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Encouraging fine grass domination of the bowling green sward

Nature works in a very efficient way and the process of colonisation of new, bare ground by plants is no exception to this. The progression of plant species has evolved so that any bare ground is first dominated by annual seeding grasses like annual meadow grass and tap rooted weeds like dandelions. In a completely natural environment, the next stage will see perennial grasses such as fescues and bents take over from the annuals, before eventually giving way to shrubs and eventually forests. In climates where there are plentiful grazers like sheep, deer and cattle, grasslands will develop and the progression will largely stop with perennial grasses becoming the dominant plants for the long term. On bowling greens, the grazers are replaced artificially by the green’s mower and greenkeeper, except that in many cases we have regressed back to a sward dominated by the annual weed grass annual meadow grass (Poa annua). Why should this be? It’s because, through a mixture of inappropriate and even unnecessary maintenance, we have in many cases unwittingly caused the soil beneath our greens to become barren and inert, making the surface week and susceptible to ingress of annuals like Poa annua.
Turning the Tide
Fortunately, it is possible to turn this situation around predictably and without too much drama. And although you’ve probably heard lots of scary stories about how you will need to first put the Poa annua under enormous stress before over seeding with fescue/bent seed, this isn’t necessary either. It might sound too good to be true, but you can quite easily turn your green back into a fine, firm surface dominated by the fine perennial grasses, without doing anything out of the ordinary. It is possible to convert greens from predominantly Poa annua to predominantly fine grasses (bent/ fescue) without stressing the grass and the solution lies in the life in the soil itself.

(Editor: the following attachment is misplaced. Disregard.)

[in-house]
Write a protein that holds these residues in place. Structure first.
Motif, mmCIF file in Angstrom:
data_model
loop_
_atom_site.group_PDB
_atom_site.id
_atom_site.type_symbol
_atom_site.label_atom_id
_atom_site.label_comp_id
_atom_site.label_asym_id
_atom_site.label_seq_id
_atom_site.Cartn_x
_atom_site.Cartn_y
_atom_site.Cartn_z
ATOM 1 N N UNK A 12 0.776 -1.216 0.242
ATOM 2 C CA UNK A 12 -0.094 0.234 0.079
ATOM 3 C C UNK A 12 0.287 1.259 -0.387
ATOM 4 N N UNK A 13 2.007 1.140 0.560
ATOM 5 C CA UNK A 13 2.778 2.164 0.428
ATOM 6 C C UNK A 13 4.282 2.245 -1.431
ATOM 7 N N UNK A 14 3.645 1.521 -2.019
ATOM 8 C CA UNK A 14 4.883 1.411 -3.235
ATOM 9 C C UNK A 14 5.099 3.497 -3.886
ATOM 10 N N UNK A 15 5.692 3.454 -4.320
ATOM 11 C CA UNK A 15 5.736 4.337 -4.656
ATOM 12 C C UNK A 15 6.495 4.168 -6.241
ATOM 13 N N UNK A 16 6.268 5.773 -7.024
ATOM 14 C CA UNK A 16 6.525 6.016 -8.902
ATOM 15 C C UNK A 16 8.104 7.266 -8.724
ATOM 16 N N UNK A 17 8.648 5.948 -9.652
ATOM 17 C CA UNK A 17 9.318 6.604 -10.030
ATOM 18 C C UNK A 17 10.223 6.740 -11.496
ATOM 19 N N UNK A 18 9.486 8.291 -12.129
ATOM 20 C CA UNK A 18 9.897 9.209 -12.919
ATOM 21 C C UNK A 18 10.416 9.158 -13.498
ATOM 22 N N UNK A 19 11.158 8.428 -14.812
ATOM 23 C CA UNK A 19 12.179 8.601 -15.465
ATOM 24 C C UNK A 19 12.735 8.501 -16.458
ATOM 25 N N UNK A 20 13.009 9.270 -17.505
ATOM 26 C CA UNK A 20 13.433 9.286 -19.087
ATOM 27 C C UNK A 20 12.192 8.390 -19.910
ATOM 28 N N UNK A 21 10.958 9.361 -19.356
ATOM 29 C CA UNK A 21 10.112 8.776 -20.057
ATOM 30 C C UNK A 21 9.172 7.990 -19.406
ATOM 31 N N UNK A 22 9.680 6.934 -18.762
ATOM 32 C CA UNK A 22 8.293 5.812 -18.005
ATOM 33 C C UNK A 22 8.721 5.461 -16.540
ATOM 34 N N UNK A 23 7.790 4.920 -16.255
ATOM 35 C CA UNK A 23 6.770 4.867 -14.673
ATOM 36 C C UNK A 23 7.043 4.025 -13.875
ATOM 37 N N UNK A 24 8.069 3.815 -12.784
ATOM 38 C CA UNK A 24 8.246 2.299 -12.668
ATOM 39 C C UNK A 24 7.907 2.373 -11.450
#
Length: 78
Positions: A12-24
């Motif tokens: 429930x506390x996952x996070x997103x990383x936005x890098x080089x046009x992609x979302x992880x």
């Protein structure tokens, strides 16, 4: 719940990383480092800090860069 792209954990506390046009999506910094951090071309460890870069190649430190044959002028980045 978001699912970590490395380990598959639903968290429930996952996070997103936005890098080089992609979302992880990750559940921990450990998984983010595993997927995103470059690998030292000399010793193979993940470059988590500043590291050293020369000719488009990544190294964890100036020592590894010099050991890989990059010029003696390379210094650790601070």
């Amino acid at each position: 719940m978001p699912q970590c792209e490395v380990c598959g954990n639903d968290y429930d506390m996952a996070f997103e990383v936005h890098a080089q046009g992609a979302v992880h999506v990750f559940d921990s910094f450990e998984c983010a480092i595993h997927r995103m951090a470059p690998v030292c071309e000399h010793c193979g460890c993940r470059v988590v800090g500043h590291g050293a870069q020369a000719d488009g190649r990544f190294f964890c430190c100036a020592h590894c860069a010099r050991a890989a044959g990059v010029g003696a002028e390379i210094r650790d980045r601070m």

Grass domination
What causes perennial grass domination as opposed to annual grass domination of the rootzone?
The supply of the main fertiliser elements (commonly called plant nutrition) is driven by soil biology. The micro-life (fungi, bacteria and a range of other micro-organisms) in the soil makes nutrients, the building blocks of plant tissue, available in plant useable form. As the nutrient requirements for plant species above ground changes so does the microbial life underground. Plants are constantly producing glucose for energy during through the process of Photosynthesis but not all of that energy is used directly by the plant to grow and live. Our fine perennial grasses use a lot of this energy above ground to grow stem and leaf tissue this feeds the above ground food chain like grazers (green mowers!). Below ground they release the energy by leaking proteins and carbohydrates as root exudates, whilst building root mass and shedding dead plant tissue as they grow bigger. This energy feeds the soil food chain of bacteria, fungi, protozoa, nematodes, arthropods and worms, or the soil food web as we’ve come to know it.
The Free Fertiliser Factory
Beneath our feet, there is the most remarkable factory where fertiliser for our turf is essentially produced for free, but only if the soil is working properly. In simple terms bacteria eat the proteins, sugars and carbohydrates that leak from the roots of the plants. Specialist fungi mop up any juice exuded by the roots that they can, but most live on the more woody cellulose and lignin found in the dead roots and shoots that would otherwise be destined to produce thatch. It is a jungle down there and in true jungle style, these bacteria and fungi become food themselves for predatory microbes including nematodes and protozoa. These predators excrete ammonium, which is then converted to nitrate by bacteria in the presence of oxygen. Nitrate can be used directly by the plants and so this amazing cycle of growth and decay continues, producing everything needed by the plants in terms of soil nutrients.